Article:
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Our February 10 cover story, “Feel the Yern: Why One Millennial Feminist Would Rather Go to Hell Than Vote for Hillary,” generated a tidal wave of reader reaction. The piece, written by Holly Wood, went online the day before the New Hampshire primary. By the time it appeared in print 36 hours later, Bernie Sanders was celebrating a decisive victory over Hillary Clinton. Meanwhile, the comments kept on coming. We’ve compiled some of that correspondence below, edited for length and clarity.
Hear Me Out…
My wife read this piece aloud to me. She told me to close my eyes and just listen. We’re both writers, so I know she was trying to make a point — and I have to say, this not only is the most well-written piece I’ve read on this subject, but the author manages to sum up my feelings and frustrations with the establishment we’ve been living under for so long. It no longer feels like we can afford to make a preference between lesser-evils — we have to actually vote for GOOD. Real good, not another layer of cellophane wrap over the rotting carcass of the American Dream. If we don’t start acting collectively for the well-being of our environment, our fellow humans, and indeed our tangible economy and infrastructure, then we’re not long for this world. Thank you, Holly Wood, for putting this so succinctly and knocking it out of the park.
— Eruch Adams, via Facebook
It’s been enjoyable watching young people decide that enough is enough is enough. The wealthy and the elites don’t have a clue about why the millennials are so rightly angry at our state of affairs. But now they see clearly that there is a better system, and that’s why they are “feeling the yern.” Let’s start the revolution.
— Francis Janes, via Facebook
Don’t Be Like Us
Holly Wood’s piece is the most inspiring, wonderful thing I have read in a long while (and I read a lot). It gives me renewed hope for the future of this country. Go forth, young rebels, and reclaim your future from this mess you have inherited from us boomers. My generation sold out — make sure yours does not. I will be voting for Bernie right along with you. This old hippie has NOT sold out!
— Jean Butler, via Facebook
Consider the Courts
I have liked and admired Secretaries Albright and Clinton, and Ms. Steinem, for many years, but I am with the millennials on this one. Even I was insulted by their tone-deaf comments — and I’m 55. I DO understand that Roe v. Wade is on shaky ground and has been consistently attacked for many years. That’s why, if Hillary wins the nomination, I will vote for her. Otherwise, it’s BERNIE, all the way. We MUST NOT allow the Republicans to appoint those justices. It’s no more impractical for Bernie to be successful than it has been for President Obama (who I gladly voted for, both times) to work with a Congress and Senate that will not work with him. I admire Bernie for not changing his beliefs and priorities and I hope and pray he will be the actual change we need to bring the poor and middle class back to the priorities they should always have been.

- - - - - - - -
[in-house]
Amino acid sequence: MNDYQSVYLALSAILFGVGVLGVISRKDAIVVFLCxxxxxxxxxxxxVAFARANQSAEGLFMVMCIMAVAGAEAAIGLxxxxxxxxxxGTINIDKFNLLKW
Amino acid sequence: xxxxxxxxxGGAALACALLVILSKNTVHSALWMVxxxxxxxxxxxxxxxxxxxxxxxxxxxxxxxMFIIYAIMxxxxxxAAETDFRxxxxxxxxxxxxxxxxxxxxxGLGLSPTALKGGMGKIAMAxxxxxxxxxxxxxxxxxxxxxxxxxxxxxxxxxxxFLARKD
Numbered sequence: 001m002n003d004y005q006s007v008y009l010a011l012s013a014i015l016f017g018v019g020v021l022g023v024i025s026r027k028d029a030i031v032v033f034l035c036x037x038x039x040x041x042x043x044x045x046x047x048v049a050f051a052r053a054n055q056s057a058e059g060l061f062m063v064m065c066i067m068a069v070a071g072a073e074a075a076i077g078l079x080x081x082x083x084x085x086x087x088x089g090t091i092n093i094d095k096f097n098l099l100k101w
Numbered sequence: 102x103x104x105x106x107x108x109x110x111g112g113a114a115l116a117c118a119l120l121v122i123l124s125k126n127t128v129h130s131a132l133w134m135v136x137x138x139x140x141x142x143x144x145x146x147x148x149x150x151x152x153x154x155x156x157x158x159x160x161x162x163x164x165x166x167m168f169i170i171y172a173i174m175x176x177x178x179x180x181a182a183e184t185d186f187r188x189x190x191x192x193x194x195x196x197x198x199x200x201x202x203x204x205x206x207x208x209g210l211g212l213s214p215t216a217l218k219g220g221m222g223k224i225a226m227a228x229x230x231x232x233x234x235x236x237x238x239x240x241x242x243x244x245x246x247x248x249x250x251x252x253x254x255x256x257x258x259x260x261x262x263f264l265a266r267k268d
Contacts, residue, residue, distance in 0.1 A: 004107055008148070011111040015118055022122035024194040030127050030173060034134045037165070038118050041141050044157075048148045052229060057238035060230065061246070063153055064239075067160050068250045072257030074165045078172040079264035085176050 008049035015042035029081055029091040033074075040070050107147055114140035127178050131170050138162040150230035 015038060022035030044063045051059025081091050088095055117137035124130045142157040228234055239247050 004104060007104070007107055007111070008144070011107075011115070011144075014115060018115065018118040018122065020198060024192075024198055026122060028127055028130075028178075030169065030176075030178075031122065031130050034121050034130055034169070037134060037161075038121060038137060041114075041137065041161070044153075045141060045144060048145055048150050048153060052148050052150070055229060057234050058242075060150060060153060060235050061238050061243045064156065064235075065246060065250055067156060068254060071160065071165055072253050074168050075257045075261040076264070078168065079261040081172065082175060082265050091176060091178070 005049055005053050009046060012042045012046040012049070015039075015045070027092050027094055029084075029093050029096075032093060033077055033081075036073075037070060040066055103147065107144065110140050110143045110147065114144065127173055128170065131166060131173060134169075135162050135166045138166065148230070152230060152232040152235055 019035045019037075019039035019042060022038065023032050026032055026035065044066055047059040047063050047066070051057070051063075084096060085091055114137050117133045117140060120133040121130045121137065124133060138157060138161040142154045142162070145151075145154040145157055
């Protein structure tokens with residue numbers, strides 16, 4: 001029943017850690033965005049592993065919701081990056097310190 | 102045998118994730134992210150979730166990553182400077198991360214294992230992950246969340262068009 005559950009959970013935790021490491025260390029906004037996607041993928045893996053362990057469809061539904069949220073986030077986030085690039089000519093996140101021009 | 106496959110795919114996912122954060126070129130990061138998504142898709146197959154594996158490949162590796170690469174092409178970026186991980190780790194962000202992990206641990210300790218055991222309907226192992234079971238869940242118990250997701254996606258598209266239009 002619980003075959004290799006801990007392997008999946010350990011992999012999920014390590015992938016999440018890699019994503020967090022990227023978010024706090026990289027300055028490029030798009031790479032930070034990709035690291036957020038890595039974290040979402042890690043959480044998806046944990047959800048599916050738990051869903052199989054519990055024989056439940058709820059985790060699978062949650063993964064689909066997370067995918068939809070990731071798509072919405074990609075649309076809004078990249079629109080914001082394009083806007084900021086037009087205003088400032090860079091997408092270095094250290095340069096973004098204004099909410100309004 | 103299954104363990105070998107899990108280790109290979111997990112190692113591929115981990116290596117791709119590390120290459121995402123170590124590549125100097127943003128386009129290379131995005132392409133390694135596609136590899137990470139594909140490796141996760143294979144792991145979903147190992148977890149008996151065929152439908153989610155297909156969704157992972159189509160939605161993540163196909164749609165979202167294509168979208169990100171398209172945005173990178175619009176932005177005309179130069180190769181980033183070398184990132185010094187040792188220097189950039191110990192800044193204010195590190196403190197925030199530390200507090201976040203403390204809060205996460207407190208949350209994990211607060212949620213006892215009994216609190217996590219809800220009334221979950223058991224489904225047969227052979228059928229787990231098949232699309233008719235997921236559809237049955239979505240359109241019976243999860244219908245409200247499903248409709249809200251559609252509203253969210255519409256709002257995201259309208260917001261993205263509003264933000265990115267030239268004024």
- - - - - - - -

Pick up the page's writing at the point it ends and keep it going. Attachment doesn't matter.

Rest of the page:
— Becky Butler, via Facebook
President, Schmesident. It’s All About Congress
I do wish we didn’t have to demonize our candidate choices in order to support our own, which is obviously what this inflammatory title, and much of the language in your article, is doing. However, putting that aside, the most important things millennials have to do, and follow through on, is voting in every single election. Millennials went to the polls in droves for Barack Obama and then failed to show up for their own statewide and congressional elections!
A president may actually be your least important vote, so if you’re going to get all fired up about this, could you and your fellow millennials please try to sustain it and raise the abysmal turnout numbers in this country? Then, and only then, will a progressive agenda be able to be even slightly accomplished!
— Wendy Turkington, via Facebook
Beware of False Promises
I’m a Hillary supporter, so the author’s contempt didn’t add much flavor for me and was only a distraction. I am excited to see the enthusiasm and involvement of young (and old) due to the unique and sincere Mr. Sanders. I would prefer to avoid the problems that revolutionary parties have always had in seeking purity — the strength of the Democratic Party has been its big tent. Allowing pro-lifers, corporations, and even gun advocates a seat at the table seems to me evidence of a confidence and strength in the party, rather than showing lack of principle. I don’t think the solutions are obvious. I do think that capitalism has built-in corruption. I do think that corruption needs to be limited by law. I don’t think there is another economic system that works better. I don’t think that democracy automatically creates justice. I still think democracy is the best political system. I do think that even when you fight hard and get people involved, our governmental structure is designed to make it hard to implement change, even smart and moral change. Given that, I believe people like Bernie, who promise what they can’t deliver, damage their own cause and create cynicism. On this last point: See our current president and the entirety of the Republican machine.